World Pneumonia Day: UN and partners call for ending biggest killer of children

Credit: GAVI Alliance

12 November 2012 – The United Nations and its partners today called for greater efforts to eradicate pneumonia, the number one killer of children under the age of five, as they marked the fourth annual World Pneumonia Day.

“We can’t have the reductions in child mortality that we envisage without a concentrated, direct attack on the biggest enemy that children face,” said the Chief of Health for the UN Children’s Fund (UNICEF), Mickey Chopra.

The Day, observed annually on 12 November, seeks to raise awareness of pneumonia as a public health issue and help prevent the millions of avoidable child deaths from the disease that occur each year.

According to the UN World Health Organization (WHO), pneumonia, which is a form of acute respiratory infection that affects the lungs, kills an estimated 1.2 million children under the age of five years every year – more than AIDS, malaria and tuberculosis combined.

A recent report by the UN Commission on Life-Saving Commodities for Women and Children, which is led by UNICEF and the UN Population Fund (UNFPA), estimates that 1.56 million lives can be saved in five years by increasing the availability of the antibiotic amoxicillin, which costs about $0.30 per dose.

Worldwide, vaccination coverage for pneumonia is at about 85 per cent, yet the poorest often miss out, according to UNICEF, which adds that unsanitary, overcrowded living conditions and lack of knowledge of how to protect themselves increase their vulnerability.

“Governments have to take the threat of pneumonia seriously and provide adequate vaccines, diagnostic services, treatment and healthcare, especially among the poorest, or this scourge will continue to rob the world of its children at the rate of almost 3,400 per day. This is unacceptable,” Dr. Chopra said.

“The failure to tackle pneumonia is a double failure,” he added. “Not only are we allowing a treatable and preventable disease to wipe out over a million children a year, we are leaving to its mercy the very people who need help the most – the poorest of the poor.”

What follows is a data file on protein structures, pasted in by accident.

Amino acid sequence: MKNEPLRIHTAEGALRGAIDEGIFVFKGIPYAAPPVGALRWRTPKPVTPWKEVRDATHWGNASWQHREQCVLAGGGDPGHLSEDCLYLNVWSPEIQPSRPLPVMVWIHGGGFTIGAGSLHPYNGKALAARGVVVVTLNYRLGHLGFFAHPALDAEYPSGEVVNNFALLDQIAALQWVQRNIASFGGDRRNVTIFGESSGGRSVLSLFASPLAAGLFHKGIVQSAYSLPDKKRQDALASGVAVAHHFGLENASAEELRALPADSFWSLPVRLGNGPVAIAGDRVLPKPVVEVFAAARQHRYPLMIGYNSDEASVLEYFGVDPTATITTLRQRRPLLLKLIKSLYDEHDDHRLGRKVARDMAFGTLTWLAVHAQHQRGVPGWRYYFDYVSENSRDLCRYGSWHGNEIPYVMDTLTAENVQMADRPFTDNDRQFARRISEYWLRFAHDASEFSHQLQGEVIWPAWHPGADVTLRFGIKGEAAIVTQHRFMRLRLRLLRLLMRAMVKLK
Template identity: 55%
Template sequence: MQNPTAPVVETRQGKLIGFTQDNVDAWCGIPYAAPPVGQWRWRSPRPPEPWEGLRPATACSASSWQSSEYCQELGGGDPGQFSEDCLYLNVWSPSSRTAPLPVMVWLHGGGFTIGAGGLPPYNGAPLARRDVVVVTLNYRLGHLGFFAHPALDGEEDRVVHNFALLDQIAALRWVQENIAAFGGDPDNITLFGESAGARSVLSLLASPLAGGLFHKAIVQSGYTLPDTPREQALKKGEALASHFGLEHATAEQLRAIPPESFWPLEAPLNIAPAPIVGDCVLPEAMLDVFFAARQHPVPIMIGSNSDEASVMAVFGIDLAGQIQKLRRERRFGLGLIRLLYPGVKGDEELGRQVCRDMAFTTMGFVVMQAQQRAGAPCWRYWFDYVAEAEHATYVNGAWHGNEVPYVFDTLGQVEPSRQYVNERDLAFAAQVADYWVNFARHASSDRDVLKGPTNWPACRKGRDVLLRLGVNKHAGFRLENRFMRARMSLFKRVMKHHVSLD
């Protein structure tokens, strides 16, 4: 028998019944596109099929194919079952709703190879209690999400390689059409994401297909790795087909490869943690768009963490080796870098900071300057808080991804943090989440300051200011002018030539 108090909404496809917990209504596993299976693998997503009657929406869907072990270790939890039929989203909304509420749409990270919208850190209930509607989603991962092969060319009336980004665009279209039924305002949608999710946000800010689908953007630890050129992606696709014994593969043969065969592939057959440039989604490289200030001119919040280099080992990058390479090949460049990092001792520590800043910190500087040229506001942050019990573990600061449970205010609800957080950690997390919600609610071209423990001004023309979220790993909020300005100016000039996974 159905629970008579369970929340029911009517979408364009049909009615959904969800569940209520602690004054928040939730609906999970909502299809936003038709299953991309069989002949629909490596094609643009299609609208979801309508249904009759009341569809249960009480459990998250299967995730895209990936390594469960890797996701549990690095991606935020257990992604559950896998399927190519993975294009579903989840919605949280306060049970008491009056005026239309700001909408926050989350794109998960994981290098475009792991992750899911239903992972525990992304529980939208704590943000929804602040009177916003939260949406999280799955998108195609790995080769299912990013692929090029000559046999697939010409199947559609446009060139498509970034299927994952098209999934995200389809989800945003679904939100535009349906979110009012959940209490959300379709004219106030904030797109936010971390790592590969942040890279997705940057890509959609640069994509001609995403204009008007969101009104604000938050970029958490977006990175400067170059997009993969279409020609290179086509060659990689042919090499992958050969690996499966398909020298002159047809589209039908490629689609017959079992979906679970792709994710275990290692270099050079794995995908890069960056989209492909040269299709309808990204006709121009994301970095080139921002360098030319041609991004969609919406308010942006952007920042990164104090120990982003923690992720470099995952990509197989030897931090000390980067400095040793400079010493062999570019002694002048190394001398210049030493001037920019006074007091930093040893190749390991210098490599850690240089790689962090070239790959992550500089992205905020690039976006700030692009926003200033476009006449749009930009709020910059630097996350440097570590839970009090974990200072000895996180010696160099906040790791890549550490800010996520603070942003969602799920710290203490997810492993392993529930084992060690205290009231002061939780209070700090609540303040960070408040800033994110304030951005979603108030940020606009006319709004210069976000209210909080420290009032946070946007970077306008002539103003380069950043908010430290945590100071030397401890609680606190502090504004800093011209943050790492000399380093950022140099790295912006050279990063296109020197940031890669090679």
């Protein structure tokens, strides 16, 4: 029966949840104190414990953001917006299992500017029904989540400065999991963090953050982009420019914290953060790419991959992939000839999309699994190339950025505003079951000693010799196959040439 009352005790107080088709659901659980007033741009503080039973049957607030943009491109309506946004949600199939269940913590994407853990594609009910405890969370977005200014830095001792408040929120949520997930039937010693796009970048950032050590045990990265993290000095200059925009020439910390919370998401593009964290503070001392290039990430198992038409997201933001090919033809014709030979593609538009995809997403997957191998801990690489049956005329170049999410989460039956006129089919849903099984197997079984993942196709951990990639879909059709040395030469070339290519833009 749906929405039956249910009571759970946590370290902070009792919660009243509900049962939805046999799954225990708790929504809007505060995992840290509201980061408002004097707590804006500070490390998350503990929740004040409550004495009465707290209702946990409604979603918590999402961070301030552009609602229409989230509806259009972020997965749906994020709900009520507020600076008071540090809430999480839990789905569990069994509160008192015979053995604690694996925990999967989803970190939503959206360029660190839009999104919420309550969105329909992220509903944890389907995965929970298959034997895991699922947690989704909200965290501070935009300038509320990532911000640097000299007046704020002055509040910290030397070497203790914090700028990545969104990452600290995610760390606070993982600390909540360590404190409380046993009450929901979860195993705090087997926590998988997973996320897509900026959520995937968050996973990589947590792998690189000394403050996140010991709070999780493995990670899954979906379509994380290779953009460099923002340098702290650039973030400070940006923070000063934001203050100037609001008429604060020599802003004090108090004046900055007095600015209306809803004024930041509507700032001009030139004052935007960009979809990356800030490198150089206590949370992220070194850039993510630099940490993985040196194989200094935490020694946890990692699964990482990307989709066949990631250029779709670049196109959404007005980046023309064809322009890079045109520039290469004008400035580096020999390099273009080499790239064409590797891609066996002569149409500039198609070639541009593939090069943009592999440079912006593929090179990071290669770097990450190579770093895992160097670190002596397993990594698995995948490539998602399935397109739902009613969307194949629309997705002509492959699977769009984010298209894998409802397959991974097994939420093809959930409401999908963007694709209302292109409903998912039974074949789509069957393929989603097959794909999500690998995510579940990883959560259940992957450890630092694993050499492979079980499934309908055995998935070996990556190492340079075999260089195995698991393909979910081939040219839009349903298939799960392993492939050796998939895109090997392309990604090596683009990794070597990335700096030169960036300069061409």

World Pneumonia Day is organized by the Global Coalition against Child Pneumonia, a network of more than 140 non-governmental organizations (NGOs), academic institutions, government agencies and foundations, including UN agencies.

According to the Coalition, national leaders and donors must prioritize efforts and investments in proven interventions, including access to vaccines, proper antibiotic treatment, and improved sanitation, as well as the promotion of practices such as exclusive breastfeeding, frequent hand washing, and the use of clean cooking stoves to reduce indoor air pollution. Several of these interventions also help address the second leading killer of children – diarrhoea.

“We know what to do, and we have made great progress – but we must do more. We must scale-up proven solutions and ensure they reach every child in need,” said Secretary-General Ban Ki-moon, who spearheads Every Woman Every Child, an umbrella movement that has leveraged more than $20 billion in new money for women’s and children’s health and aims to save 16 million lives by 2015.

Events commemorating the Day will be held in nearly a dozen countries, including Argentina, Burkina Faso, Cameroon, Cote d’Ivoire, Ghana, Haiti, India, Nigeria, Philippines, the United States and Zambia.

Landmarks in 15 US cities will shine blue lights to raise awareness in their communities of the impact of childhood pneumonia and what US citizens can do to help. Participating buildings include the Wrigley Building in Chicago, the Trump Towers SoHo in New York City and the Pacific Science Center in Seattle, among others.


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